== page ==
JavaScript enables on-the-fly calculations to be scripted for use in Notes as well as on the Web. If you have an application that will be used in both Notes and the Web, JavaScript allows you to code one solution for both. Here's how.

This example takes you through some simple math. The first thing you have to keep in mind is that all fields in JavaScript are evaluated literally. If the number field format is set to currency, the currency sign will be included in the calculation and will result in a NaN. In this example, a calccosts () function has been created in the JS Header on the problem report form in the sample database. Here's the code:

function calccosts() { 
myform = document.forms[0];
var result = eval(myform.Hours.value * myform.Rate.value);
myform.TotalCost.value = result;

This function multiplies the two fields Hours and Rate on the form and sets the var result with the result. The TotalCost field is then set with the value of the var result . The Hours, Rate, and TotalCost field formats are all set to a number, decimal, or varying data type on the form.

To call the function, place the calccosts() statement in the onBlur event of the Hours and Rate fields. When either field is exited, the calccosts() function is called. Figure 16.20 shows how it looks in Domino Designer.

Figure 16.20. Calling the calccosts() function in Domino Designer.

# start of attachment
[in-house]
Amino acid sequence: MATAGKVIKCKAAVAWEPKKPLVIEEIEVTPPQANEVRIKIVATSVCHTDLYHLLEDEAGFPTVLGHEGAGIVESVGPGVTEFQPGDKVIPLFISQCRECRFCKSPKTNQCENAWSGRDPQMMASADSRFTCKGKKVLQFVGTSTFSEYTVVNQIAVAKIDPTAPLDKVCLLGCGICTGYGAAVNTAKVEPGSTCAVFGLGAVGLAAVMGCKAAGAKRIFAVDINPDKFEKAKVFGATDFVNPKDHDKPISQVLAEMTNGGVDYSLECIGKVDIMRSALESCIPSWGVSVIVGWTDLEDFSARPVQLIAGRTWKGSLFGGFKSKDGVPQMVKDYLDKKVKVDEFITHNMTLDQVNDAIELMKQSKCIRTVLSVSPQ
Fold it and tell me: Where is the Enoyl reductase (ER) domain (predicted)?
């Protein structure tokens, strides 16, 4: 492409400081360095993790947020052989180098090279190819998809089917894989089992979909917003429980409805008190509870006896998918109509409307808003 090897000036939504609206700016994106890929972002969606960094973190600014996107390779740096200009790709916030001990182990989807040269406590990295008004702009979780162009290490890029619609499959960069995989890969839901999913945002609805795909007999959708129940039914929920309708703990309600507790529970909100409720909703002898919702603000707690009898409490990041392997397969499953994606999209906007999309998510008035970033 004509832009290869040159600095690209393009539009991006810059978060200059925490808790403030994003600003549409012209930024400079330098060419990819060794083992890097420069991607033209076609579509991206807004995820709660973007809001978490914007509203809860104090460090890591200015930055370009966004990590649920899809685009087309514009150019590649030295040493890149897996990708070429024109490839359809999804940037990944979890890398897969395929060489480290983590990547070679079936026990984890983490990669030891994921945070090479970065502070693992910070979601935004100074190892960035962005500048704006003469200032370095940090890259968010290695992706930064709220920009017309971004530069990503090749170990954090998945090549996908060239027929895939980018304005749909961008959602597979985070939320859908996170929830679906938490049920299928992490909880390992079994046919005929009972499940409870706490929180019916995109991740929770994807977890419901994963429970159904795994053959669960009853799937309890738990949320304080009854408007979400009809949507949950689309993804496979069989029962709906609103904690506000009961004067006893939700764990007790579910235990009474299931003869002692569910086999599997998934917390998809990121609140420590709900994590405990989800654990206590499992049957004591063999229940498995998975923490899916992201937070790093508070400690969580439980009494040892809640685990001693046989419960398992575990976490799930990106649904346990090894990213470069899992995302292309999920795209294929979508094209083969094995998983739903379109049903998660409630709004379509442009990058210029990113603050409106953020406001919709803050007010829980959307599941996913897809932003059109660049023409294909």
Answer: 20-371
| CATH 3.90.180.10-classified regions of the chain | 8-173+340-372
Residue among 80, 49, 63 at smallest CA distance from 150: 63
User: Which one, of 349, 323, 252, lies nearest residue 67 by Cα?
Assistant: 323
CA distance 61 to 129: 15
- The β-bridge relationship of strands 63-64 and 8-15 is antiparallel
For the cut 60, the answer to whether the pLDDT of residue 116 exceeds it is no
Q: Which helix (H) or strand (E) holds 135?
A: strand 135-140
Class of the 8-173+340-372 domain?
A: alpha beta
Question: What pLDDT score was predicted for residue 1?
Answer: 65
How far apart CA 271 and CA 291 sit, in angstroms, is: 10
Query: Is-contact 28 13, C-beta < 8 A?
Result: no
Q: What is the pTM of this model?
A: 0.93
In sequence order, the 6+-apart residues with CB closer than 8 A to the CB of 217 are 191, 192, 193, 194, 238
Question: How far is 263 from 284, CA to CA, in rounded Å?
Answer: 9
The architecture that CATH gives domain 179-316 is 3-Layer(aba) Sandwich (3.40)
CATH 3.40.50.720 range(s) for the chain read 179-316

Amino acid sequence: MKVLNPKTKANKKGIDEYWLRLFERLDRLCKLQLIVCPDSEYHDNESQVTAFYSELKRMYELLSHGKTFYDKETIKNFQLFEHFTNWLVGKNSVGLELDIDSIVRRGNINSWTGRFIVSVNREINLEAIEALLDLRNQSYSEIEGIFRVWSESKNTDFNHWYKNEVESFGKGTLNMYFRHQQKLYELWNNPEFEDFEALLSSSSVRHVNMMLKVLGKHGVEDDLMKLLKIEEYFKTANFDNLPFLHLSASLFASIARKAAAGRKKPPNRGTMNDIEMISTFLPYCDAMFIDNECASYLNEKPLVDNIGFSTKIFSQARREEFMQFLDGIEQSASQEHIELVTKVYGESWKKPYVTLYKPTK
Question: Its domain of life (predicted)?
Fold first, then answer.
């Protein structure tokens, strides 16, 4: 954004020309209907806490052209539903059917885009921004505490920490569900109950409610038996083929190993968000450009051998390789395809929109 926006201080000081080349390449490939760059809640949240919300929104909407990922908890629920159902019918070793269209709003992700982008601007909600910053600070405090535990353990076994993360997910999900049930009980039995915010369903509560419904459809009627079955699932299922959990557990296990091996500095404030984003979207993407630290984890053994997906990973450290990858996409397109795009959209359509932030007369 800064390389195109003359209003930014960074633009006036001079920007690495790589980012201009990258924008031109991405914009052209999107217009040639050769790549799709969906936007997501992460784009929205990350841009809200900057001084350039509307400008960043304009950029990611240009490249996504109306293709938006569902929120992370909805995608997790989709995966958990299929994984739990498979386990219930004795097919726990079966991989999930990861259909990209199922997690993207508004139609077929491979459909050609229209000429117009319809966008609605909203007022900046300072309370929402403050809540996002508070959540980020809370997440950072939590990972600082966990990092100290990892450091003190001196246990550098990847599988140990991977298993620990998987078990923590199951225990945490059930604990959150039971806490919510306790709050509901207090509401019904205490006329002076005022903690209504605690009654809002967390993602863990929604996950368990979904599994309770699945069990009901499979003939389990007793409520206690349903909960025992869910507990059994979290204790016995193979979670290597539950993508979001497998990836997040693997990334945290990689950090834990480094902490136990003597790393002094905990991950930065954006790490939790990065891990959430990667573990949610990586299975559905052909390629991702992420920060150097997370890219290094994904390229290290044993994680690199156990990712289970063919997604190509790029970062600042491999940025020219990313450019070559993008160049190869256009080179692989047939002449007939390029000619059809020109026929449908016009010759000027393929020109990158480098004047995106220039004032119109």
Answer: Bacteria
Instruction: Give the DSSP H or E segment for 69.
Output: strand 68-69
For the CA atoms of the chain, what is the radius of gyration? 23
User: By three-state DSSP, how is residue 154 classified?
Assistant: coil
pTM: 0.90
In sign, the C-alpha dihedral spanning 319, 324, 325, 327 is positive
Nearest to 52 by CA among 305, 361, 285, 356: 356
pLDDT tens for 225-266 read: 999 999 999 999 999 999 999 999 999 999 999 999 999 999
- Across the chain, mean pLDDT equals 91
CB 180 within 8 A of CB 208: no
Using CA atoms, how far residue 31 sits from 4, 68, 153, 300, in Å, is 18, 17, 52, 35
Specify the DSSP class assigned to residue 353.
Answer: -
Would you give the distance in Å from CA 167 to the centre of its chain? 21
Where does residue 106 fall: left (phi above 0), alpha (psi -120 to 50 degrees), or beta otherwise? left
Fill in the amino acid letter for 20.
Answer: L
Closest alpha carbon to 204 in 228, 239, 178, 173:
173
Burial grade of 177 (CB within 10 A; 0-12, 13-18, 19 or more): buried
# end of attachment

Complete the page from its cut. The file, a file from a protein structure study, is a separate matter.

Figure 16.21 shows how the result looks on the Web.

Figure 16.21. The calculation code results on the Web.


Figure 16.22 shows how the same result looks in Notes.

Figure 16.22. The calculation code results in Notes.


The differences are only in the client ”the JavaScript code works the same in both.

Part I. Introduction to Release 6

Whats New in Release 6?

The Release 6 Object Store

The Integrated Development Environment

Part II. Foundations of Application Design

Forms Design

Advanced Form Design

Designing Views

Using Shared Resources in Domino Applications

Using the Page Designer

Creating Outlines

Adding Framesets to Domino Applications

Automating Your Application with Agents

Part III. Programming Domino Applications

Using the Formula Language

Real-World Examples Using the Formula Language

Writing LotusScript for Domino Applications

Real-World LotusScript Examples

Writing JavaScript for Domino Applications

Real-World JavaScript Examples

Writing Java for Domino Applications

Real-World Java Examples

Enhancing Domino Applications for the Web

Part IV. Advanced Design Topics

Accessing Data with XML

Accessing Data with DECS and DCRs

Security and Domino Applications

Creating Workflow Applications

Analyzing Domino Applications

Part V. Appendices

Appendix A. HTML Reference

Appendix B. Domino URL Reference

Lotus Notes and Domino 6 Development
Lotus Notes and Domino 6 Development (2nd Edition)
ISBN: 0672325020
EAN: 2147483647
Year: 2005
Pages: 288 © 2008-2020.
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